e)What charge is Z – positive or negative?

f)Calculate the charge on particle Z.

Calculations involving 3 charged particles with a right angle.

Example 1:

Particle P has a charge of +1 µC, particle Q of -5 µC and particle R of -2 µC. They are arranged at the corners of a triangle as illustrated below.

north

P

QR

Calculate the resultant electrostatic force on particle Q.

FR on Q = kQ1Q2/r2 = (9x109 x 5x10-6 x 2x10-6)/0,0822 = 13,38 N west

FP on Q = kQ1Q2/r2 = (9x109 x 1x10-6 x 5x10-6)/0,0452 = 22,22 N north

Force diagrams of forces on Q:

Q

F 22,22 N

θ

Fnet = 25,94 N (Pythagoras)θ = tan-1(13,38/22,22) = 31,05o

Therefore Fnet on particle Q = 25,94 N in a direction 31,05o west of north.

Example 2:

In the system below the position and charge on three identical objects A, B and C is indicated.

2.1Calculate the magnitude of the electrostatic force A exerts on B.

2.2Calculate the magnitude of the electrostatic force C exerts on B.

2.3Draw a free body diagram of the electrostatic forces acting on B.

2.4Draw a triangle vector diagram and then calculate the magnitude of the resultantforce on B and its direction relative to the force A exerts on B.

ELECTRIC FIELDS

An electrically charged object always generates an electric field around it.

Definition: An electric field is a region of space in which an electric charge experiences a force.

The electric field is continuous around an object but we use electric field lines to represent the field.

An electric field line is a line drawn in such a way that a small positively charged object placed on the line will experience a resultant force at a tangent to the line at that point.

Properties of electric field lines:

1. They start on positive charges and end on negative charges.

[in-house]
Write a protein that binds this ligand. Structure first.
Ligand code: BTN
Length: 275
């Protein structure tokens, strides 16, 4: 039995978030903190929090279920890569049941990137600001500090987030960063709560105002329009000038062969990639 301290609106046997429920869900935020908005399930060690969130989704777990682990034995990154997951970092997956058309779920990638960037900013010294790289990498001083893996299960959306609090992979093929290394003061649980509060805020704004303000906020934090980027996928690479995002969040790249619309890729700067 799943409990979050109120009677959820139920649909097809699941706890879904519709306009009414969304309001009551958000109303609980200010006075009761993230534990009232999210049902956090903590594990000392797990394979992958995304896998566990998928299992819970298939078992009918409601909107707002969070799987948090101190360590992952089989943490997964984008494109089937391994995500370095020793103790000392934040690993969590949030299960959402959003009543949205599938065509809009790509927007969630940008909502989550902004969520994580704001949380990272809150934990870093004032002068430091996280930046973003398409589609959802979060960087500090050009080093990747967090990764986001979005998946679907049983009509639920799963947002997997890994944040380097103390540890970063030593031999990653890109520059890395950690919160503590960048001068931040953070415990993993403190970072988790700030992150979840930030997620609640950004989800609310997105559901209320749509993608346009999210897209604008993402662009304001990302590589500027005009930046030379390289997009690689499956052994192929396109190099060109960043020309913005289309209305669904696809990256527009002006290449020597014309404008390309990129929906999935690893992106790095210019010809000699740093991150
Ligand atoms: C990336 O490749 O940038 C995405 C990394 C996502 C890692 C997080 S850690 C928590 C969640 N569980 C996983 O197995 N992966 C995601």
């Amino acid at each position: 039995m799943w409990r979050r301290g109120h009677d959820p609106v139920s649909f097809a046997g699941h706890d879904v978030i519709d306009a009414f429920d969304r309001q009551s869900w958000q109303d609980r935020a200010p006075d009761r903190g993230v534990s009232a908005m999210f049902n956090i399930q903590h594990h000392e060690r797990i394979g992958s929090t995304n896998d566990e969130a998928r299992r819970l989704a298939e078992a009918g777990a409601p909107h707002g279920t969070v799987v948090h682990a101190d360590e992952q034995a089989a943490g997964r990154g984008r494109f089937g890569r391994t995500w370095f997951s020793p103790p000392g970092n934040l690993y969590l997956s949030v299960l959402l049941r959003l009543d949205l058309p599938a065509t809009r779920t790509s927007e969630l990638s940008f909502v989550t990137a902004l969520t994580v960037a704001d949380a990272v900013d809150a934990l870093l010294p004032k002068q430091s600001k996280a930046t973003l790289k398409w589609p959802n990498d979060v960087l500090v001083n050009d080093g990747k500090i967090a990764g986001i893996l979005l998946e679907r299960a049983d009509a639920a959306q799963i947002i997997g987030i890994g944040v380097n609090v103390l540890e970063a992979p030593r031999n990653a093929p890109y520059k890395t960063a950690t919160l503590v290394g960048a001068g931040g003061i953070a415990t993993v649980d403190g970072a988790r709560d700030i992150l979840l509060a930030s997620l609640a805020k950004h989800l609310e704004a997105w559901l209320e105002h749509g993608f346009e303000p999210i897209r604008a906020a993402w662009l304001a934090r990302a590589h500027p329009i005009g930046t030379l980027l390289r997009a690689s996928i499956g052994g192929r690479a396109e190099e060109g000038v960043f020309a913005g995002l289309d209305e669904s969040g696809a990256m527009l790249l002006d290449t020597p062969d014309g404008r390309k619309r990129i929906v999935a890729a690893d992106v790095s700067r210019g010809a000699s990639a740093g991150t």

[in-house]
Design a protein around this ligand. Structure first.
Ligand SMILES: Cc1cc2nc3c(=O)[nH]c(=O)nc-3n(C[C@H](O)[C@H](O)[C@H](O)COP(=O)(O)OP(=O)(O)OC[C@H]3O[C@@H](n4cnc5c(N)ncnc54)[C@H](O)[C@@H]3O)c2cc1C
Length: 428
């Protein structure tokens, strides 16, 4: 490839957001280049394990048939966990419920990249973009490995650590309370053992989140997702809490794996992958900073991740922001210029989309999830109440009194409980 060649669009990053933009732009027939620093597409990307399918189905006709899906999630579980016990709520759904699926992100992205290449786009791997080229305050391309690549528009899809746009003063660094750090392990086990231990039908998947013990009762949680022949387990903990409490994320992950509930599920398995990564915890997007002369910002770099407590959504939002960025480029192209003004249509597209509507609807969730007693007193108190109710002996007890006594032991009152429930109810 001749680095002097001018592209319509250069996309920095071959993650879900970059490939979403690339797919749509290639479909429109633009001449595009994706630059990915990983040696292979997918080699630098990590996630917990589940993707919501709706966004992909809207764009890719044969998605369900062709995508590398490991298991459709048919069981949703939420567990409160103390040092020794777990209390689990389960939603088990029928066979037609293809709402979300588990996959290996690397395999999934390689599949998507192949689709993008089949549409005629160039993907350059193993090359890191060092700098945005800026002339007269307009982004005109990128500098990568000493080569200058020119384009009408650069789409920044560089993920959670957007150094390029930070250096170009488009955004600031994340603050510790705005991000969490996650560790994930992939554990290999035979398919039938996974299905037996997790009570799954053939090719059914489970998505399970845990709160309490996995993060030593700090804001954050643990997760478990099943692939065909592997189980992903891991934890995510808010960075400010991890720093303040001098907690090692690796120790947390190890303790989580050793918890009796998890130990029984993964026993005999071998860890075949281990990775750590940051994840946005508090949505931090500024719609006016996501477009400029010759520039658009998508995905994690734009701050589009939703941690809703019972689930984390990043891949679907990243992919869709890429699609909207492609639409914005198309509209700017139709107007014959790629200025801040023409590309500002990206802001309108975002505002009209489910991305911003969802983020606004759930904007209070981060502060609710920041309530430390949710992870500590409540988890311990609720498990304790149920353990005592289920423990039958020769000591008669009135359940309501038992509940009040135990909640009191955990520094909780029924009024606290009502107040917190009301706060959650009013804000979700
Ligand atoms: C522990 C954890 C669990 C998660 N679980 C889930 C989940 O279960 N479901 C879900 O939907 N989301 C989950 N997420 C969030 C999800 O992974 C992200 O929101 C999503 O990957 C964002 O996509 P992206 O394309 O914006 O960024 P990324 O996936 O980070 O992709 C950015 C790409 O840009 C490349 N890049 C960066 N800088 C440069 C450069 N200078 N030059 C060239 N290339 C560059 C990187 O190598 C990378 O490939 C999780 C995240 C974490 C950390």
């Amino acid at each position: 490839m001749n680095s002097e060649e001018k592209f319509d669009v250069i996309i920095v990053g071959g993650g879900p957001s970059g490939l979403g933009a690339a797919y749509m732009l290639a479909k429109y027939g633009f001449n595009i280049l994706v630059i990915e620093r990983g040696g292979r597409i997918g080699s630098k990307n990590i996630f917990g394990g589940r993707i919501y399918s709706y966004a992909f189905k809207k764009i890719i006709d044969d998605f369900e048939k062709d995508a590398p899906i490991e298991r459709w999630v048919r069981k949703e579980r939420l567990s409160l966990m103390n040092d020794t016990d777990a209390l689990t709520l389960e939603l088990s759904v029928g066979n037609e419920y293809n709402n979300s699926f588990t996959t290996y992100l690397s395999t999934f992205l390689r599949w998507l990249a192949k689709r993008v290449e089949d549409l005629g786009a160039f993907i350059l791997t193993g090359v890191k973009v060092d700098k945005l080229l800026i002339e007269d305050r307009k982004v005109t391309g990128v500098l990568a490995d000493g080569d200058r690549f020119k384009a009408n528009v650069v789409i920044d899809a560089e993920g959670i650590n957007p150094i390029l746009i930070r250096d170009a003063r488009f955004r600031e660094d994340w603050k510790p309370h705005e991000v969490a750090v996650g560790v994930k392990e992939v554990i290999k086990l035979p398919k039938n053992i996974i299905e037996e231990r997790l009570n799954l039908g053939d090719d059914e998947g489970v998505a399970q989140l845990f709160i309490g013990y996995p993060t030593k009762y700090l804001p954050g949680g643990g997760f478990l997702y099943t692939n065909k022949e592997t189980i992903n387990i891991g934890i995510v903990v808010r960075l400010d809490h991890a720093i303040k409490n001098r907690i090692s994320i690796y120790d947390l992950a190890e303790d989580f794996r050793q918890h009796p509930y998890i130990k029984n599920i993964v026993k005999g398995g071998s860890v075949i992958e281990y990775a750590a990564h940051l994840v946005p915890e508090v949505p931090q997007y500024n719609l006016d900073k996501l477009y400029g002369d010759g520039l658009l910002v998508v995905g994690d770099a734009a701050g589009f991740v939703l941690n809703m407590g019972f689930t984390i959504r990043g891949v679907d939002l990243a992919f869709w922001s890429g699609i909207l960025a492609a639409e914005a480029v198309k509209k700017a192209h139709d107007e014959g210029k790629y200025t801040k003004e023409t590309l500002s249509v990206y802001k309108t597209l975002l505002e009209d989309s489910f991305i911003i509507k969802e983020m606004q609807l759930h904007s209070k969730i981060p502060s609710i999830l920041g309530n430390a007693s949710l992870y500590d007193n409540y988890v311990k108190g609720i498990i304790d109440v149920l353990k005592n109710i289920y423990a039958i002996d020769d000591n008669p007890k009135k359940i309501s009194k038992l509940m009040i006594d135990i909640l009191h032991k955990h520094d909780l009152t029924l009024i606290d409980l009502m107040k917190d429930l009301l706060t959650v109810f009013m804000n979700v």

2. They never cross.
3. They are 3-dimensional.
4. The denser the field lines the stronger the field.
5. They enter and leave charged object at right angles.
6. They are continuous (although drawn as separate lines).

Positively charged object
/ Two equally negatively charged objects

(Extension)
Hollowmetal ring

/ (Extension)
Non-spherical object

Parallel plates (extension)

ELECTRIC FIELD STRENGTH

Definition: The electric field strength (E) at a point in an electric field is the force experienced per unit positive charge placed at that point.

Units: N.C-1

e.g. What is the force exerted on an 8,06nC charge in an electric field with a strength of 4000 N.C-1?

Consider a small charge qplaced in the field of a large charge Q at a distance of r.

Force on q:F = E.q and F = (k.Q.q)/r2

Therefore E.q = (k.Q.q)/r2

(q cancels)

e.g.What is the electric field strength at a distance of 24 mm from an object with an excess of 3,5 x 107 electrons? (Qe = -1,6 x 10-19 C)

Note: If a charged object (q) is placed between two other charged objects (Qa and Qb), then each object acts independently producing the field which acts upon it.

e.gCalculate the total force acting upon the charged object X in the system belowby first calculating the resulting electric field at X.